Bed Bugs: Before the early 1900s most people were well acquainted with bed bugs, yet most Americans living
today have never seen this pest and can’t fully appreciate the admonition to “sleep tight and don’t let
the bed bugs bite”. The development and use of synthetic insecticides and modern pest control methods caused bed
bugs to all but disappear from US homes and hotels. Now these pests are making a comeback and Mississippi pest
control companies are getting an increasing number of requests for bed bug control each year. They are still
uncommon, not nearly as common as head lice, and most of us will probably never experience an infestation. But
infestations do occur, and they can be most distressing, especially if it is your bedroom that is infested. This
resurgence of bed bugs is due to a number of factors, but the increase in mobility that has occurred at all
socioeconomic levels of society and increased international travel are probably the major causes.
Changes in cockroach management methods may also play a role. The bait treatments that are so effective and so
widely used to control German cockroaches do nothing to control bed bugs. Whatever the reasons, bed bugs are
beginning to appear in all kinds of living quarters: homes, summer camps, upscale hotels, budget motels,
college dormitories, cruise ships, etc. Fortunately, bed bugs have never been shown to vector any serious human
diseases. Bed bugs, Cimex lectularius, are true bugs. They are related to stink bugs, pests with which
most vegetable gardeners are quite familiar. Adults are about ¼ inch long and about 1/8 inch wide and wingless.
Their bodies are flattened and oval-shaped, and they are a uniform mahogany brown. The immatures, or nymphs, look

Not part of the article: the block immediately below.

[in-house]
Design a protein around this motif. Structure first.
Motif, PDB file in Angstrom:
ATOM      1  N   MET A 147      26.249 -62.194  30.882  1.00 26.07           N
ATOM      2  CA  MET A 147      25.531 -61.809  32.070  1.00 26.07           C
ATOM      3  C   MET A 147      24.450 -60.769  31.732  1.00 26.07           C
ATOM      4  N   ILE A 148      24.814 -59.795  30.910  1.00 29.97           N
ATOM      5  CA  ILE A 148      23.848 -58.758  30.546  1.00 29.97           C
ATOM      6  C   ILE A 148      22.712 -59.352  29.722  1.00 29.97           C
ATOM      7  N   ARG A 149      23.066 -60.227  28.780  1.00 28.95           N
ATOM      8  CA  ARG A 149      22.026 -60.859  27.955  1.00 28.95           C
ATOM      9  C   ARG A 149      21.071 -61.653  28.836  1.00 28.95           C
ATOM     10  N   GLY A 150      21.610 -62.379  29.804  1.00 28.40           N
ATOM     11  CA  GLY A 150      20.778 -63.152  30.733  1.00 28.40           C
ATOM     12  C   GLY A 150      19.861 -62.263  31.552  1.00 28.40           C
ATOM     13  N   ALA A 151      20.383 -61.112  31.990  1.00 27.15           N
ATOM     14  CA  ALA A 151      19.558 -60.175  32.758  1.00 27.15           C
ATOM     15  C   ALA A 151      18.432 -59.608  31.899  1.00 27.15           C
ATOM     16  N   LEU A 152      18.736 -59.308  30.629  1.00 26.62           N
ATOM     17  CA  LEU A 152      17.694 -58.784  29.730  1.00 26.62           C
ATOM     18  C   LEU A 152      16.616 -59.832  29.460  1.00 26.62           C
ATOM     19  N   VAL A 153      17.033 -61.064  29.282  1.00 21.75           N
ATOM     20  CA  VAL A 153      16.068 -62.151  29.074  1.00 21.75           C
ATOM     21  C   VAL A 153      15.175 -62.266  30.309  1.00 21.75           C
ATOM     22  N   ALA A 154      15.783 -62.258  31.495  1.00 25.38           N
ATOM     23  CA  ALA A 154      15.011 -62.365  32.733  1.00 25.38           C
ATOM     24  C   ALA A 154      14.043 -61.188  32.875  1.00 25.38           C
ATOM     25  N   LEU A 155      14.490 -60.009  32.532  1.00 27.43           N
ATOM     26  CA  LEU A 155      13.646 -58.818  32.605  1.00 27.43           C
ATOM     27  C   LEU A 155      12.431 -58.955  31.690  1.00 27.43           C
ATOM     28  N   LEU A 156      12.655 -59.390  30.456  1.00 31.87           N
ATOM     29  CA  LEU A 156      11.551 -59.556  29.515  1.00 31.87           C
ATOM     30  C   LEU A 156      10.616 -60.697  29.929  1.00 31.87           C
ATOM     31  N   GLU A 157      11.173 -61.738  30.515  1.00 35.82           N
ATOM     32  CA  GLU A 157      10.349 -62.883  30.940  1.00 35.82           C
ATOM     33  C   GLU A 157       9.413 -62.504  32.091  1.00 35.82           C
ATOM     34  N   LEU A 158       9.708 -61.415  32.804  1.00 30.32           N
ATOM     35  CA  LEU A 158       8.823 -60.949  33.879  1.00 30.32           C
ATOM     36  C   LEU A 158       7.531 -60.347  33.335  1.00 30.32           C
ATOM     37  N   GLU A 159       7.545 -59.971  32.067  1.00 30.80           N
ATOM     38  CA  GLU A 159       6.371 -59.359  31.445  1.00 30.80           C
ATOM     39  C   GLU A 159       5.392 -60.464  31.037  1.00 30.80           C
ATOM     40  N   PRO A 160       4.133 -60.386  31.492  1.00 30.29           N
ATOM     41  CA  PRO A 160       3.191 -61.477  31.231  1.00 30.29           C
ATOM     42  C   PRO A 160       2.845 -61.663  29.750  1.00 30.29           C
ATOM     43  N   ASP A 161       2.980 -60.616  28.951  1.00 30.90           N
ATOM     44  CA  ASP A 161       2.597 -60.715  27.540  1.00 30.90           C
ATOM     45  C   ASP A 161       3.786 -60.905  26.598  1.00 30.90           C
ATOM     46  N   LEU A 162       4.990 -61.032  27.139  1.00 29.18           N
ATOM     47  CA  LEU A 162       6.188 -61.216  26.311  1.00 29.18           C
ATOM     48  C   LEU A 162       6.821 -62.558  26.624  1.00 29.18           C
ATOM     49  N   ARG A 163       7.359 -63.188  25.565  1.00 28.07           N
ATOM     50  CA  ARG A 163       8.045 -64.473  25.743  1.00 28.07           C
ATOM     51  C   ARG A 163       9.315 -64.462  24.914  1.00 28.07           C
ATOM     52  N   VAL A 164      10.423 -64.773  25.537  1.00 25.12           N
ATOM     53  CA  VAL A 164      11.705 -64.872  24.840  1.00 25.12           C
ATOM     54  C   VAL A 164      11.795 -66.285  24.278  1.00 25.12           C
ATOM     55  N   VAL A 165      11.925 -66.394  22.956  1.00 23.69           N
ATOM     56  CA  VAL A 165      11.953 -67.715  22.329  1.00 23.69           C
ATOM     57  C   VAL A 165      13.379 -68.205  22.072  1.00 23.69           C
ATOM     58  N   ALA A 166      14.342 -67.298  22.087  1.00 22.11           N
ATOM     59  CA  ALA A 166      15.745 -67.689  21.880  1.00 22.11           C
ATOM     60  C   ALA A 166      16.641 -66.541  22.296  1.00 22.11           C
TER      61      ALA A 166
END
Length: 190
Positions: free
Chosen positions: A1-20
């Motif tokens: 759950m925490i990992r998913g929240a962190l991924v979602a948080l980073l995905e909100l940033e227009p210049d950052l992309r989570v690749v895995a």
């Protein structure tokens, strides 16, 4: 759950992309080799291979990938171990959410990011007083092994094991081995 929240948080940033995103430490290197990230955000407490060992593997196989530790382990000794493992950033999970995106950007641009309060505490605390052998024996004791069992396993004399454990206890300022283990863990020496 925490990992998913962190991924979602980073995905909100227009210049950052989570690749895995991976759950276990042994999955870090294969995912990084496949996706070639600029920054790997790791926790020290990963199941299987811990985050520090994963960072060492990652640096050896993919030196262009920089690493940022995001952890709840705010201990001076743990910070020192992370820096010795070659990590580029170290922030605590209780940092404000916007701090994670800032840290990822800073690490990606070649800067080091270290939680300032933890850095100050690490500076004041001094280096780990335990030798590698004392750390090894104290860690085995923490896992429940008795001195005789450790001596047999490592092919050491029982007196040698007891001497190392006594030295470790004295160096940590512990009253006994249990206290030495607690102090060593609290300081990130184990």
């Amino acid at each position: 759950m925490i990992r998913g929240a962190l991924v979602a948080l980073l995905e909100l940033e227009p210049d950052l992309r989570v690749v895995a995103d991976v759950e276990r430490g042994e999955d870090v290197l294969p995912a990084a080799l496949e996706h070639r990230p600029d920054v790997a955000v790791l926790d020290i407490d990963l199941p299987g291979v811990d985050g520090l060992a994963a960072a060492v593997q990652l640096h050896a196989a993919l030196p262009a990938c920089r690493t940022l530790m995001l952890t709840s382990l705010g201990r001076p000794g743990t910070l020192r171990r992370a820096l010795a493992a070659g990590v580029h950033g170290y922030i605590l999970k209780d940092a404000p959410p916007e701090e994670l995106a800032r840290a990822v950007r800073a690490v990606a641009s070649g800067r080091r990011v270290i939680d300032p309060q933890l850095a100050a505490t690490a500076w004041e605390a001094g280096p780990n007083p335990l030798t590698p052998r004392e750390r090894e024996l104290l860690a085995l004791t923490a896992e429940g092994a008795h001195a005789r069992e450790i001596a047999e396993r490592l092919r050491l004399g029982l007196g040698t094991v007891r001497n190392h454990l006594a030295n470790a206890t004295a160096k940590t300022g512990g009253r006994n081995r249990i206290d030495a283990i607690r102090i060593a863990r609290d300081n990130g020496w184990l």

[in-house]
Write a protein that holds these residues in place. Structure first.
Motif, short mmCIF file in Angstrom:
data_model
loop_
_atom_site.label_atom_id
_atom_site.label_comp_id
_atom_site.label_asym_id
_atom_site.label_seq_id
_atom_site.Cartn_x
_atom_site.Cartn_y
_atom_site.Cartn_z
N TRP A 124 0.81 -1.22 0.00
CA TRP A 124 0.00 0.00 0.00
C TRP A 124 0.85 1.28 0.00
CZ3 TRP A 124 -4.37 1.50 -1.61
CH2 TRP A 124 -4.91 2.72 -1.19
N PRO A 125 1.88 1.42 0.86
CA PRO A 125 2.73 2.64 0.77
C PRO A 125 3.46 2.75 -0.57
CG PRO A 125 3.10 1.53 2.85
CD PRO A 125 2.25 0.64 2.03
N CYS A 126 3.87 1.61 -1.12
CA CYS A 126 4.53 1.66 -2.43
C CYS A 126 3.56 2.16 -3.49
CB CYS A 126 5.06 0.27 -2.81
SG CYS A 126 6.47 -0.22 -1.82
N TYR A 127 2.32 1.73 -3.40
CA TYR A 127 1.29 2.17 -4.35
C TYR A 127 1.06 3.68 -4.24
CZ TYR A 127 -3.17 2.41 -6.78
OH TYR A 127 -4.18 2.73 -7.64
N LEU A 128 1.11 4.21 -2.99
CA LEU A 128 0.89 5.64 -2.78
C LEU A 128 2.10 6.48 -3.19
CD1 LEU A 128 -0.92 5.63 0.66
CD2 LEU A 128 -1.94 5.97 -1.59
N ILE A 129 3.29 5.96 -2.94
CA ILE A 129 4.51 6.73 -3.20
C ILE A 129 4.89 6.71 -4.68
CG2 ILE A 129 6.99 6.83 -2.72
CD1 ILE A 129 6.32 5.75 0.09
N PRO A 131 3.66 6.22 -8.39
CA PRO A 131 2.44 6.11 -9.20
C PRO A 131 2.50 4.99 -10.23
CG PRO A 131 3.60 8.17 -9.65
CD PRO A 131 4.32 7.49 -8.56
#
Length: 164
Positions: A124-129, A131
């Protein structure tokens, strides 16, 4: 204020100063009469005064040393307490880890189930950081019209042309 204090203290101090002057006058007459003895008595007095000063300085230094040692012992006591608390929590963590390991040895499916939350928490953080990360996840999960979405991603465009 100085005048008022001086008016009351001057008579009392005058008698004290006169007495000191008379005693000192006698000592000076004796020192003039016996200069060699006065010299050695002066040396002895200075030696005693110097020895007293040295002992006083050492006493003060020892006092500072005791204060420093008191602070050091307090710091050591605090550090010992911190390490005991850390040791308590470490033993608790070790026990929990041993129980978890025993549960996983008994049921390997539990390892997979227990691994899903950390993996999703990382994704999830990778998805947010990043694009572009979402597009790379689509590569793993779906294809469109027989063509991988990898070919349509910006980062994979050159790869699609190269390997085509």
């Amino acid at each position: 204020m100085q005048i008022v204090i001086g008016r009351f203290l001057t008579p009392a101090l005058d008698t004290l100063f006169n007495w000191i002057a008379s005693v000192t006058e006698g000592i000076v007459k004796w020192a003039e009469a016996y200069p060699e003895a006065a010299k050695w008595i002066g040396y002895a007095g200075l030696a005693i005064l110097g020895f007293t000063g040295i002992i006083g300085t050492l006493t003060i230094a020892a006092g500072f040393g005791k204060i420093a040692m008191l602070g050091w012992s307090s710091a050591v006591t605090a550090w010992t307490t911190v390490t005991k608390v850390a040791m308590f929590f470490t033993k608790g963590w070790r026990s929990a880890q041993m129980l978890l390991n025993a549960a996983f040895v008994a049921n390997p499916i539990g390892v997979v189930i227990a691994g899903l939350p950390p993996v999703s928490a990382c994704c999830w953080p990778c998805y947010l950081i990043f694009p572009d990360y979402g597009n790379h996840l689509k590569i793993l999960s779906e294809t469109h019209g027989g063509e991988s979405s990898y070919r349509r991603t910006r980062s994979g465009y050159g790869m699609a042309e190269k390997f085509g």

similar but are smaller. The eggs, which are deposited in cracks and crevices, normally hatch in 7 to 10 days.
Bed bugs feed almost exclusively on human blood. Although they will feed on rabbits and a few other
animals under laboratory conditions, they won’t normally feed on dogs or cats. Bed bugs usually feed at night,
while their host is asleep, but will feed during the day if they have a sleeping host in a quite, dark room. They
hide in nearby cracks and crevices in the daytime, usually in the mattress and box springs or within a few
feet of the bed, sneak out at night to feed for 20 or 30 minutes, and then scurry back to their refuge.
Fortunately, bed bugs are not known to vector diseases, but the raised red wheals caused by their bites can be
uncomfortable and irritating. As with most insect bites, some people react more than others.
Heavy infestations can interfere with sleep.
How can you determine if you have bed bugs?
The bites are the first clue, but don’t automatically assume you have bed bugs
just because you have a few insect bites. Those bites could be caused by mosquitoes, chiggers, ticks, or other
insects that you encountered outside. Maybe they are not even bites. Rashes caused by poison ivy or allergies are
sometimes mistaken for insect bites. If you continue to get new bites on subsequent nights then you should
consider bed bugs as a possible cause. Bed bug bites often occur in a somewhat linear pattern, with several
bites in a row. The next step is to check the sheets. If you find small spots of blood or rust colored stains you
can be reasonably sure you have bed bugs. These rust colored stains are the fecal deposits of bed bugs, which
contain digested blood. Of course if you have some small, bleeding injury this can cause similar spots. If
you have recurring bites and rust colored stains on your sheets, it is time to get serious about looking for bed
bugs. First check underneath the mattress and box springs, keeping in mind that these insects are very
flat and like to hide in small cracks, folds, and crevices. Next check the headboard and bed frame along